Discord & Harmony

It’s the winter solstice, my favorite cozy celebration of the year; the long night the breath between discord and the hope of harmony.

The sun shone Sunday, after days of wind and rain when I hardly left the house. I cleaned the roof—1000 fir cones that had been hitting the roof like grenades in the brutal winds—and picked up branchlets large and small in the yard and driveway. I always feel lucky when a tree doesn’t fall near the house or a branch doesn’t fly through a window (the tornado destruction in the Midwest is unfathomable). But even with our relatively inconsequential winds, I was stunned to discover one side of my garden fence laid flat from where it has stood for eight years. I’ve been undecided if I want to rebuild the garden in the spring after dismantling the three most rotted boxes and putting the buttercup to bed under a smothering blanket of black plastic. I think this has decided it for me. All good things reach their logical end, and we put them behind us in order to make room for what’s next.

It was a chilly 37º and not quite light when I left the house at 7:30 Monday morning, heading thirty miles up I-5 to Olympia. It rained the whole way, and the temperature had dropped three degrees by the time I got to Panera Bread, to be followed by yoga, and then grocery shopping. I would have stayed home if not for that last. I really hate shopping in the crowded, half unmasked (in spite of the state mandate) grocery store in my own town.

Panera has been all but empty since I returned to my weekly bagel and writing practice last month. Almost none of the regulars from before times are there. I miss them. But this time, Barbara—who used to come with her husband and scratch off Lotto cards after they read the newspapers, and who then came alone because her husband died—stopped by my table. “I don’t know your name,” she said, “but I wanted to wish you a happy holiday because I’m glad you’re back, and most of us have not come back and it’s sad.” I asked her if the couple who sat at the table under the fireplace playing Uno and Rummikub had been back. She shook her head sadly. She was so sweet, I wanted to weep. To be seen is an amazing thing.

It was snowing when I left there for yoga. I was glad I hadn’t skipped it, even though I was doing solstice yoga in the evening, virtually, but still by candle and Christmas tree light. There were seven us, plus the teacher; that’s the most there’s been since it returned to in-person two months ago. It’s in a new space, because the old one closed down. Class size in the before times averaged twenty or thirty and our mats were nearly touching. It was cozy to be there in person, sitting on my mat, six feet or more from anyone else. And, unusually, both my oms were in harmony; at home they are off key and back in community I’ve had a hard time finding the pitch.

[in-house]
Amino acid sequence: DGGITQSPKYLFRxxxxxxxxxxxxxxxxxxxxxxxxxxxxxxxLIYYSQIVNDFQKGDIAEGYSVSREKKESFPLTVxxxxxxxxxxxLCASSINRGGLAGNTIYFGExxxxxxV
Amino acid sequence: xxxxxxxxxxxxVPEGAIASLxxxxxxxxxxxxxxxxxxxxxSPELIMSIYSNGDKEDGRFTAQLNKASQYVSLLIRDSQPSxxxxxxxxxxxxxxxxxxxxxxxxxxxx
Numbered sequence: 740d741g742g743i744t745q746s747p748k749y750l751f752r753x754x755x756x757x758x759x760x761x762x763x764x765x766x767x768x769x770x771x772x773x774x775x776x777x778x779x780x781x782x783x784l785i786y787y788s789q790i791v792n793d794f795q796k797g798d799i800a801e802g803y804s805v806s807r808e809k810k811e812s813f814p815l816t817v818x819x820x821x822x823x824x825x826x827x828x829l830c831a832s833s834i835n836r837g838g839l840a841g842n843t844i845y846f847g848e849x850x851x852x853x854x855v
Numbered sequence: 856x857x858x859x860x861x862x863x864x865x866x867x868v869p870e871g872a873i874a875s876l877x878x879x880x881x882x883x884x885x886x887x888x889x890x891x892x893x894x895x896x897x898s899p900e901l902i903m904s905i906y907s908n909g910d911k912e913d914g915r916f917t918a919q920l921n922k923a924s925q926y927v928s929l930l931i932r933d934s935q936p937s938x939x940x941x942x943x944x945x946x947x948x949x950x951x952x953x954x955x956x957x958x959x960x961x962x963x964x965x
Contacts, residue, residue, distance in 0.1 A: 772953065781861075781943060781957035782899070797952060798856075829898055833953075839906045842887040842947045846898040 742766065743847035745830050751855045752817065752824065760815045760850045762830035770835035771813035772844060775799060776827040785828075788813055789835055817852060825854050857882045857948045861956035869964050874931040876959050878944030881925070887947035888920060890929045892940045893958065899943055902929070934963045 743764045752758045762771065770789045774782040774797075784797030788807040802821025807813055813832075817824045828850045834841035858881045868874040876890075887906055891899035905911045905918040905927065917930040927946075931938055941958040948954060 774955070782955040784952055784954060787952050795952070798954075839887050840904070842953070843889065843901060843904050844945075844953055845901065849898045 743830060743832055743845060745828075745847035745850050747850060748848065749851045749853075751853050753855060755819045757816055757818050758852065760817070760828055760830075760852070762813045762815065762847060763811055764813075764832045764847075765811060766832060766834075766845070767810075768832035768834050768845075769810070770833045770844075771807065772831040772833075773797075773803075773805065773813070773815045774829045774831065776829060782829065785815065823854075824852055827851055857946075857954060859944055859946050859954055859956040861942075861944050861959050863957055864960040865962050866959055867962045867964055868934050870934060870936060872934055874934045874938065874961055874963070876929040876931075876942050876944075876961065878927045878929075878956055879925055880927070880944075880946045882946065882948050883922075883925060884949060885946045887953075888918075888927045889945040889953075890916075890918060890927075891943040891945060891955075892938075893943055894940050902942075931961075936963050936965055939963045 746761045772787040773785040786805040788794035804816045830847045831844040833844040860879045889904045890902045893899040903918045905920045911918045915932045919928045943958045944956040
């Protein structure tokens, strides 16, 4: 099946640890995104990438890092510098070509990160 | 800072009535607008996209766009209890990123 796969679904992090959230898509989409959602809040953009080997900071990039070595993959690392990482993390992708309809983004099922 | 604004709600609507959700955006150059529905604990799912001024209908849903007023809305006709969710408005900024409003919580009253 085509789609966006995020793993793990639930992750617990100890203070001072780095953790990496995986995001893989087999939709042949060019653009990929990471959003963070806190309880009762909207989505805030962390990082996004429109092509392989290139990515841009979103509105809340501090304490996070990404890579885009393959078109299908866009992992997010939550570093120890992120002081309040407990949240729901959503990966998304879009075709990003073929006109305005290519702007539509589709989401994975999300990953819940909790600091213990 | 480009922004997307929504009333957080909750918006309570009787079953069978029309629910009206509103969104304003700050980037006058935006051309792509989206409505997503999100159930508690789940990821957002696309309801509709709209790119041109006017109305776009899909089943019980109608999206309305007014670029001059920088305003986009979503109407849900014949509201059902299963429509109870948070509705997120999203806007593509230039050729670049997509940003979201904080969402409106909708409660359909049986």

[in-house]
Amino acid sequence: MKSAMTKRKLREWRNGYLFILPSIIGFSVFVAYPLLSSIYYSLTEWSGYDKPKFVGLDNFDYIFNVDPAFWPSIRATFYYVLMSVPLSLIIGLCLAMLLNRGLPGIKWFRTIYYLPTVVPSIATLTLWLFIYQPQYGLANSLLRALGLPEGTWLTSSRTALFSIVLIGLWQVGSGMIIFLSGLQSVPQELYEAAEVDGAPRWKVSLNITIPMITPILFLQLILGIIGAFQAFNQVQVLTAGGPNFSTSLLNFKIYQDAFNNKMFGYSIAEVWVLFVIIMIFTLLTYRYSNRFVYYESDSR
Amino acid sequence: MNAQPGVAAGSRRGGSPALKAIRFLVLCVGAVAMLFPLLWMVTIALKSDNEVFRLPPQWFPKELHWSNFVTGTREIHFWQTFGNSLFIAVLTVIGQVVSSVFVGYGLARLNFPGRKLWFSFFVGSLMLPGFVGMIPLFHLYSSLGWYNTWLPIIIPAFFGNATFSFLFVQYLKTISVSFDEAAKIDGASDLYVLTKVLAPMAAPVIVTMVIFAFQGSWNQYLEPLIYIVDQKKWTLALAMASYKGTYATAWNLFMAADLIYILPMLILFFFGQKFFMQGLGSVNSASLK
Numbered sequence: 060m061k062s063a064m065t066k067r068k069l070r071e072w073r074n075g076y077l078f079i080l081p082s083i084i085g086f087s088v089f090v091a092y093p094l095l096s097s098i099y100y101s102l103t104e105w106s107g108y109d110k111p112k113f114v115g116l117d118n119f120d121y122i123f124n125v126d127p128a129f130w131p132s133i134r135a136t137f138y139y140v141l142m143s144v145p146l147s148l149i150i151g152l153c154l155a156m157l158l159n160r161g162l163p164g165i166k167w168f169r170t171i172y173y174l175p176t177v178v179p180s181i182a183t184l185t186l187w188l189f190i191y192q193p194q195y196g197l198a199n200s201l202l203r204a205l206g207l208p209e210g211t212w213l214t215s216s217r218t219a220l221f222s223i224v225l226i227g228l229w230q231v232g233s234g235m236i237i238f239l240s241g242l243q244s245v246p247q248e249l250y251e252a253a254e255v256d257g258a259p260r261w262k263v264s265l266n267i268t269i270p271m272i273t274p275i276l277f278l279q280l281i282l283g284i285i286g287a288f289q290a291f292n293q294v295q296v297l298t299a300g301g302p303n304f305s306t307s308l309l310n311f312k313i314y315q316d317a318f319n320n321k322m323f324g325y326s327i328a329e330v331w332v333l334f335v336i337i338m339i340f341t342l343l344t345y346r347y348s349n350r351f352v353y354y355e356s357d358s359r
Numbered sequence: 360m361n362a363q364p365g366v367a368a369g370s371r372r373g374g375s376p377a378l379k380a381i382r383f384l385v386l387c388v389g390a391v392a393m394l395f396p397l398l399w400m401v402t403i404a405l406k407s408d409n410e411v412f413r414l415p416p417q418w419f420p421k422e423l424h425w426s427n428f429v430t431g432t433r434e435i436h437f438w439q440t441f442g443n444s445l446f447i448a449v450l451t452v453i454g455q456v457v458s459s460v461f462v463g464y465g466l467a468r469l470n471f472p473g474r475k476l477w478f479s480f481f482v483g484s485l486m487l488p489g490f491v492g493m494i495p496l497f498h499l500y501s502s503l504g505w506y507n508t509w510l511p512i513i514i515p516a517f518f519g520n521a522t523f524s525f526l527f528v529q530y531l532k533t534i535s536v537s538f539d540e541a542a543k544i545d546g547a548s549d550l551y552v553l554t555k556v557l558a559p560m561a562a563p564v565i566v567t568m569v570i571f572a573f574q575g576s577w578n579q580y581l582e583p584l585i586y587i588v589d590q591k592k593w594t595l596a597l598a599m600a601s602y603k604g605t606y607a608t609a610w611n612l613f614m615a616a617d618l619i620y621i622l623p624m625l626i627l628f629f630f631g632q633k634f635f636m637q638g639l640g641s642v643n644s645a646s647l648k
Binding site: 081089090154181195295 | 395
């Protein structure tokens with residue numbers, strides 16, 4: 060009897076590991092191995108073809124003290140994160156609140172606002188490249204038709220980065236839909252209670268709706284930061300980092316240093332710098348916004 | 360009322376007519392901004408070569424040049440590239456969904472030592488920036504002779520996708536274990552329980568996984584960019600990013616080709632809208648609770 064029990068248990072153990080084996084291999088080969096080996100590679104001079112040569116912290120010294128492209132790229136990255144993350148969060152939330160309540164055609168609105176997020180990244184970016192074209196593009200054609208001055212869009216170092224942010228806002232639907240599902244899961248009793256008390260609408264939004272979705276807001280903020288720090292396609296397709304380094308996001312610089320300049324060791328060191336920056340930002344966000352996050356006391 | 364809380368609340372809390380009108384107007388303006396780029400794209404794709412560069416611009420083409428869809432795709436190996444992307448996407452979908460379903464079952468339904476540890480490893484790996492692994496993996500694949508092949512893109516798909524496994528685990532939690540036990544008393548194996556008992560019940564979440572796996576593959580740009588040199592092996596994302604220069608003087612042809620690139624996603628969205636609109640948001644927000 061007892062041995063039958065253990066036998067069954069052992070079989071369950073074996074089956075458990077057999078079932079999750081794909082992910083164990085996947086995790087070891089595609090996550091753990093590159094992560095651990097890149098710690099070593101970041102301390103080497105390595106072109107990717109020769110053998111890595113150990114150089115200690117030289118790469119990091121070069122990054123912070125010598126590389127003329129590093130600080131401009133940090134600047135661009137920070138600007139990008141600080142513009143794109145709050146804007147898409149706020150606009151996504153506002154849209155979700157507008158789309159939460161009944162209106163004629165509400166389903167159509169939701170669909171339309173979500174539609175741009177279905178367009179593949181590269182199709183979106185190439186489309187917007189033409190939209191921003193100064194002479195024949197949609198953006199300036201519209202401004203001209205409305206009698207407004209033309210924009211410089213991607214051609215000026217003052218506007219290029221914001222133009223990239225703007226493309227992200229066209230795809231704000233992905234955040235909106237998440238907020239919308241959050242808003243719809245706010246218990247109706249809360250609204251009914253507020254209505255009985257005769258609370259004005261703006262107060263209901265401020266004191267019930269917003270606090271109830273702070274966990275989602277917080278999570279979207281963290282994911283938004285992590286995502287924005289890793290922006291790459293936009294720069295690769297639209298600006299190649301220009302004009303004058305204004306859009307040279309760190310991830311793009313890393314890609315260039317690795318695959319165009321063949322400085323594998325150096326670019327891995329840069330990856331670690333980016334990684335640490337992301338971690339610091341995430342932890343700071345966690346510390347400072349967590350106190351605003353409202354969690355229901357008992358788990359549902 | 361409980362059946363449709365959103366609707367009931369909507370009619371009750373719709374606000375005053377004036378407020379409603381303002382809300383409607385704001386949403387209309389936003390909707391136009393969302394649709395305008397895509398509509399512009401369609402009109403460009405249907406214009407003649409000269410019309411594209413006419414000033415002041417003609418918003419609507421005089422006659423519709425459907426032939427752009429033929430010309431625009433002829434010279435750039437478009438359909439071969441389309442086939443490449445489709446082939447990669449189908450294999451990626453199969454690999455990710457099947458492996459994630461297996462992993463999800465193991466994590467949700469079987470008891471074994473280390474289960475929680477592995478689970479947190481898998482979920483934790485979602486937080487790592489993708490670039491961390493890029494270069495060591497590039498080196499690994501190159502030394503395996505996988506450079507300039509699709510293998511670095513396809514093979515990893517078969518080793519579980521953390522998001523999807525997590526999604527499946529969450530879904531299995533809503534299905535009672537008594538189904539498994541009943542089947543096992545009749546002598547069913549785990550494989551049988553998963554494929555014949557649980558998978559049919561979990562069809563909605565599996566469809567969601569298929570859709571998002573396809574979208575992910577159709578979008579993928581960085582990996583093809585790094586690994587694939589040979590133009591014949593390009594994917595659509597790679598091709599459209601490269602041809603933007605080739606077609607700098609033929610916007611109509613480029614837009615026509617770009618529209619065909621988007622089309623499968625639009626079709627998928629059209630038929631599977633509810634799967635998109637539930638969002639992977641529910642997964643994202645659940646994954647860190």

Photo credit: Olympia Yoga Sanctuary

I was sad Sunday afternoon and evening. It’s really the first time I’ve deeply felt the grief of these times. Maybe it was the fence. Or because the community Christmas play was canceled. Or maybe because I had tried twice to create a tiny Christmas gathering for this week or next, but nothing worked out. My cross-country sister and family aren’t coming. And my Seattle family unexpectedly bought a house and are packing and moving during the school holiday. I’m going to Seattle for Christmas Eve and Day, but the planned visit to my house on Boxing Day has been canceled—though, unless something changes, the Littles will be here so the moms can be more focused and productive. It will be exhausting, but I’m looking forward to their liveliness and hugs. Literally no one has seen my lovely (expensive) tree or delighted in my crèche, and won’t. I expect to take it all down unshared. Half a string of lights went out on the tree, as if to say, “Who cares?” December’s full moon was just a glow in the fog Sunday night, but at least there was a glow. There’s no blazing fire this year, either, because I’m still awaiting arrival of parts and my turn to have the crumbling mortar chimney lined. But the candles are cozy.